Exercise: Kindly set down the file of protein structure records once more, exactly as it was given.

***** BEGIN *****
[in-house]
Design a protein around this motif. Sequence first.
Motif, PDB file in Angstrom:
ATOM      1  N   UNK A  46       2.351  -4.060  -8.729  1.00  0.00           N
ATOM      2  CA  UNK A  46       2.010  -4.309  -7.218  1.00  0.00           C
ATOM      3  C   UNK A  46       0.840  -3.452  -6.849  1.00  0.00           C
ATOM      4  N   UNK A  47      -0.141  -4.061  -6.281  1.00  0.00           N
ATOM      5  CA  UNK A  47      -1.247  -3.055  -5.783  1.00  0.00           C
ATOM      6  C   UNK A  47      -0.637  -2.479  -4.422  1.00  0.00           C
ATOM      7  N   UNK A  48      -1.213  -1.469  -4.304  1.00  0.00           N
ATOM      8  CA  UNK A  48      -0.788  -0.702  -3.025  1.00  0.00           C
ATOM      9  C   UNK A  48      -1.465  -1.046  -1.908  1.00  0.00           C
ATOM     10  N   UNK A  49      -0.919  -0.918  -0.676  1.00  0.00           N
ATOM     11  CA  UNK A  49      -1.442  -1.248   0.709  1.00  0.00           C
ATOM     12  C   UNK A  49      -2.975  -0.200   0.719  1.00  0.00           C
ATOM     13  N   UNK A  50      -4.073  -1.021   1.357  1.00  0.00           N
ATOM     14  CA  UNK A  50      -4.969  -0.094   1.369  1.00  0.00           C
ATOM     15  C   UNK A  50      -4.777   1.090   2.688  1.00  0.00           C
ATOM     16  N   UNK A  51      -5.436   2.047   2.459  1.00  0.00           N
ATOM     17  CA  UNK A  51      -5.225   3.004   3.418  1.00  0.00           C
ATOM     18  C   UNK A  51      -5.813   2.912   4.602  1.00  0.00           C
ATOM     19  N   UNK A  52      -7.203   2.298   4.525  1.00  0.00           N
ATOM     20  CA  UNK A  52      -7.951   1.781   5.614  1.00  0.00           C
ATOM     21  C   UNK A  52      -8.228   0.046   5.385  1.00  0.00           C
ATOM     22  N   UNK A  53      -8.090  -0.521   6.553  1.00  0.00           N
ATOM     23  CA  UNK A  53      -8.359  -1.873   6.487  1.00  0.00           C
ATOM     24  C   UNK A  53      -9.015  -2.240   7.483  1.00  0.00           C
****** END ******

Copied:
[in-house]
Design a protein around this motif. Sequence first.
Motif, PDB file in Angstrom:
ATOM      1  N   UNK A  46       2.351  -4.060  -8.729  1.00  0.00           N
ATOM      2  CA  UNK A  46       2.010  -4.309  -7.218  1.00  0.00           C
ATOM      3  C   UNK A  46       0.840  -3.452  -6.849  1.00  0.00           C
ATOM      4  N   UNK A  47      -0.141  -4.061  -6.281  1.00  0.00           N
ATOM      5  CA  UNK A  47      -1.247  -3.055  -5.783  1.00  0.00           C
ATOM      6  C   UNK A  47      -0.637  -2.479  -4.422  1.00  0.00           C
ATOM      7  N   UNK A  48      -1.213  -1.469  -4.304  1.00  0.00           N
ATOM      8  CA  UNK A  48      -0.788  -0.702  -3.025  1.00  0.00           C
ATOM      9  C   UNK A  48      -1.465  -1.046  -1.908  1.00  0.00           C
ATOM     10  N   UNK A  49      -0.919  -0.918  -0.676  1.00  0.00           N
ATOM     11  CA  UNK A  49      -1.442  -1.248   0.709  1.00  0.00           C
ATOM     12  C   UNK A  49      -2.975  -0.200   0.719  1.00  0.00           C
ATOM     13  N   UNK A  50      -4.073  -1.021   1.357  1.00  0.00           N
ATOM     14  CA  UNK A  50      -4.969  -0.094   1.369  1.00  0.00           C
ATOM     15  C   UNK A  50      -4.777   1.090   2.688  1.00  0.00           C
ATOM     16  N   UNK A  51      -5.436   2.047   2.459  1.00  0.00           N
ATOM     17  CA  UNK A  51      -5.225   3.004   3.418  1.00  0.00           C
ATOM     18  C   UNK A  51      -5.813   2.912   4.602  1.00  0.00           C
ATOM     19  N   UNK A  52      -7.203   2.298   4.525  1.00  0.00           N
ATOM     20  CA  UNK A  52      -7.951   1.781   5.614  1.00  0.00           C
ATOM     21  C   UNK A  52      -8.228   0.046   5.385  1.00  0.00           C
ATOM     22  N   UNK A  53      -8.090  -0.521   6.553  1.00  0.00           N
ATOM     23  CA  UNK A  53      -8.359  -1.873   6.487  1.00  0.00           C
ATOM     24  C   UNK A  53      -9.015  -2.240   7.483  1.00  0.00           C